A Senate committee advanced a reauthorization bill for animal drug user fees Thursday after adopting an amendment to speed reviews of feed ingredients that can address environmental concerns or make livestock production more efficient. 

The Senate Health, Education, Labor and Pensions Committee voted 19-2 to approve the proposal offered by Sen. Roger Marshall, R-Kan., to create a pathway at FDA to approve new feed additives that can reduce methane emissions, diminish pre-harvest food safety concerns and improve animal well-being.

“Currently the FDA is treating certain feed products as drugs,” Marshall said during debate on the bill that would reauthorize the Animal Drug and Animal Generic Drug User Fee Acts (ADUFA and AgDUFA) . “This is an outdated system that doesn’t help our livestock industry, and the FDA recognizes this barrier. This is a common-sense solution.”

The committee's top Republican, Bill Cassidy, R-La., said the regulatory change would establish a new category for zootechnical animal food substances. Under the amendment, FDA must review them as feed additives rather than drugs, in line with what the agency does with dietary supplements.

A Democratic co-sponsor of the amendment, Wisconsin Sen. Tammy Baldwin, added that because some products seeking market approvals today do not fit into an existing pathway at FDA, it could take up to 10 years to bring them to market. The proposed bill could reduce that timeline considerably.

“Any further delay in passing this amendment would only harm American farmers in accessing products with vital functions, such as reducing salmonella colonization in chickens and increasing milk production in dairy cattle. It would also put farmers at a disadvantage in competing on an international stage since products intended for the new FDA pathway are already being used around the world,” Baldwin said.

Marshall also submitted a letter of support from more than 135 producer, agribusiness, and industry groups.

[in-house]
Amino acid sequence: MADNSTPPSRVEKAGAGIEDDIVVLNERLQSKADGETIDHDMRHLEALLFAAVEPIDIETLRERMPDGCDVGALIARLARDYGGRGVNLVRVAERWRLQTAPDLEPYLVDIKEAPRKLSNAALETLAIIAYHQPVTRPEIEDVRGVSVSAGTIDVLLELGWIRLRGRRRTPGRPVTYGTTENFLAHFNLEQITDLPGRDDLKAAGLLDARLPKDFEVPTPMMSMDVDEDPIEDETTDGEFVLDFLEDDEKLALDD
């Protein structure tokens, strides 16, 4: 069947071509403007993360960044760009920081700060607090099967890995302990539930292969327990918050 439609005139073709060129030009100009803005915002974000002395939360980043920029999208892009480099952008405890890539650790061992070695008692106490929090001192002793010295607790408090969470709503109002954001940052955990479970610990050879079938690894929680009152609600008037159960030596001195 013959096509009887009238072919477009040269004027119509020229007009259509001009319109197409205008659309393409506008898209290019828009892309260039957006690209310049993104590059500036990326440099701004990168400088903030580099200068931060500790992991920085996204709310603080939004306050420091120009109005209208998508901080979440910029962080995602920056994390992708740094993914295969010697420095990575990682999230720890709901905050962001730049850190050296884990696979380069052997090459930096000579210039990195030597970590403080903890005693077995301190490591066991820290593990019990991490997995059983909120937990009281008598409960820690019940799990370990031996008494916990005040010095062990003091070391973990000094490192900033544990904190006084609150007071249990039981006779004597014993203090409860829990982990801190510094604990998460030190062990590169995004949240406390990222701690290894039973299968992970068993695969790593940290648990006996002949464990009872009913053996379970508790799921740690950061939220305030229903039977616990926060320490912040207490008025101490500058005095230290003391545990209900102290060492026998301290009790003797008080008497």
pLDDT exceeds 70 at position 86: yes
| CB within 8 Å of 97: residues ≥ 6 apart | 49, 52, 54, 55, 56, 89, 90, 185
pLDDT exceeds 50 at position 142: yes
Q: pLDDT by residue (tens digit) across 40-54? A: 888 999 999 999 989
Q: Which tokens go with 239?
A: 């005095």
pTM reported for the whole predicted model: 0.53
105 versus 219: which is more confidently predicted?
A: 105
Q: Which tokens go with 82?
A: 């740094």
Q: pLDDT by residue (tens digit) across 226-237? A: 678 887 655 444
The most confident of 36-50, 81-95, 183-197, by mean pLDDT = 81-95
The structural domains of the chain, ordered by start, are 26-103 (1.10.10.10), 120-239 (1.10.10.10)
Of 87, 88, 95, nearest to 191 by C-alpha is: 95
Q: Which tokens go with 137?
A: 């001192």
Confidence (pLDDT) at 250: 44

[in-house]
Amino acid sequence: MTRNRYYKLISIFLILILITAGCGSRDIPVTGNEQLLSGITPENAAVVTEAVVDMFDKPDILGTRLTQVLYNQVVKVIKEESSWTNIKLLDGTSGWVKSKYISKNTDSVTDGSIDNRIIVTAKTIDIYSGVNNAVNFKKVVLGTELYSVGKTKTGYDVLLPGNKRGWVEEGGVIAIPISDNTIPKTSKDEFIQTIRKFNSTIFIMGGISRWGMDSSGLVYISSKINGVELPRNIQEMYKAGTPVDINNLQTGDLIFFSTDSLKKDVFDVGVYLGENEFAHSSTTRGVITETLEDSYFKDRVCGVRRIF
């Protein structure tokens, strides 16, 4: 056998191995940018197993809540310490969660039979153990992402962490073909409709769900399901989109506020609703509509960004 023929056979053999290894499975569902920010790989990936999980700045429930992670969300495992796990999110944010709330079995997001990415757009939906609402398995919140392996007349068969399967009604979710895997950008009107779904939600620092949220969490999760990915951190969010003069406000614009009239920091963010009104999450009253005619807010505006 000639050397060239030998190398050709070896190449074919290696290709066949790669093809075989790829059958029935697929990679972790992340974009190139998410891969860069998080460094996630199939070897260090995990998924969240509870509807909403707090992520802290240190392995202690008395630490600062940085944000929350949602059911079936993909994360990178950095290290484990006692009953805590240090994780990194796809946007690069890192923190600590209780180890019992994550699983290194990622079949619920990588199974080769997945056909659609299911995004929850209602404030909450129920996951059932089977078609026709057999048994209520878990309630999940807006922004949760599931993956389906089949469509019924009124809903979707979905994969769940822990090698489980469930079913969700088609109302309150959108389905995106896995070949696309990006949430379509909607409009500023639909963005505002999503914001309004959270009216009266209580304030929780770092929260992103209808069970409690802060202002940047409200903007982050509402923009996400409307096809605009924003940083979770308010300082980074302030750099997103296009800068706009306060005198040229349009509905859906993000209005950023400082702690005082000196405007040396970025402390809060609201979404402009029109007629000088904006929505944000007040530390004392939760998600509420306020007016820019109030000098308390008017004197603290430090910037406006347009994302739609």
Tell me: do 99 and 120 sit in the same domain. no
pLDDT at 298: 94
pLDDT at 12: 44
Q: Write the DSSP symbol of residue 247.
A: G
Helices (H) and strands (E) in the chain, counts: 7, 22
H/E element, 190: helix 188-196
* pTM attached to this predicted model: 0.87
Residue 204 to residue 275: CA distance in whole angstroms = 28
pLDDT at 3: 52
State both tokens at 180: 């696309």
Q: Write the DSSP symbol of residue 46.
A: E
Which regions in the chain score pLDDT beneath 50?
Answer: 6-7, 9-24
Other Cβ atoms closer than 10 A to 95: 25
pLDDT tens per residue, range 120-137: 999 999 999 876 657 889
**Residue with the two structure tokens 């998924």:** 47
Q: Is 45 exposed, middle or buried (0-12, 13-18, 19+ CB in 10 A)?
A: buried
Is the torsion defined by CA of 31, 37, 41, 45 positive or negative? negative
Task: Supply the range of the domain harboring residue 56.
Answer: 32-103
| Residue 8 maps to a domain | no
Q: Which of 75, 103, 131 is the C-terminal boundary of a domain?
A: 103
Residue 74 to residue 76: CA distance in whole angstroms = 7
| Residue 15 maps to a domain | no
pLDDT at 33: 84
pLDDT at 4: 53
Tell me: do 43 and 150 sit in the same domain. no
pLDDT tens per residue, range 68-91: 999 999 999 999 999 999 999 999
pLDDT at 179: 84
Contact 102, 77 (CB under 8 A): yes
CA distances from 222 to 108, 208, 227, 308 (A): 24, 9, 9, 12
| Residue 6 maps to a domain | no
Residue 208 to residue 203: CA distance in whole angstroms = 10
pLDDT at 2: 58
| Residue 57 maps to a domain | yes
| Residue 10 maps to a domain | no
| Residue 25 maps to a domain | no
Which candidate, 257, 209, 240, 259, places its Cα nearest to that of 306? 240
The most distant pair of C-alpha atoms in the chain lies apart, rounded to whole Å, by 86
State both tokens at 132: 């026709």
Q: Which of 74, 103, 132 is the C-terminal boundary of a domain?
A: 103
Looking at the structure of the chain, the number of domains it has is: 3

The American Feed Industry Association and other stakeholders have asked FDA to modernize its policy manual from its 1998 version, which AFIA said has “effectively blocked animal food manufacturers from clearly labeling their feed products with the non-nutritive benefits they may bring about unless they are reviewed through the FDA Center for Veterinary Medicine’s cumbersome drug approval process.” FDA has said it can’t update the guidance without congressional approval.

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“Growing bipartisan support for a legislative solution proves that our nation’s elected officials are committed to bringing feed innovation to America’s farmers and ranchers,” AFIA President and CEO Constance Cullman said in a statement. “Now, our producers will soon be able to reap the benefits of feed products which contribute to improved animal nutrition, production and food safety and reduced environmental impacts, while competing in a global marketplace that has already marched on without the United States.”

The National Grain and Feed Association said during a 2022 FDA listening session that the administration needed to modernize its policies to “allow animal food manufacturers to make truthful, non-misleading production, environmental and well-being claims for animal foods that have been substantiated to provide such benefits in a more efficient manner.”

David Fairfield, NGFA senior vice president of feed, said in a statement NGFA strongly endorses the bill as it would “promote the availability of animal food products with novel benefits, such as improving the environment and reducing human foodborne illness.”

A House committee approved its ADUFA and AgDUFA bill earlier this year, but the full House hasn't acted on it yet. The current authorization of the user fee programs expires at the end of September.

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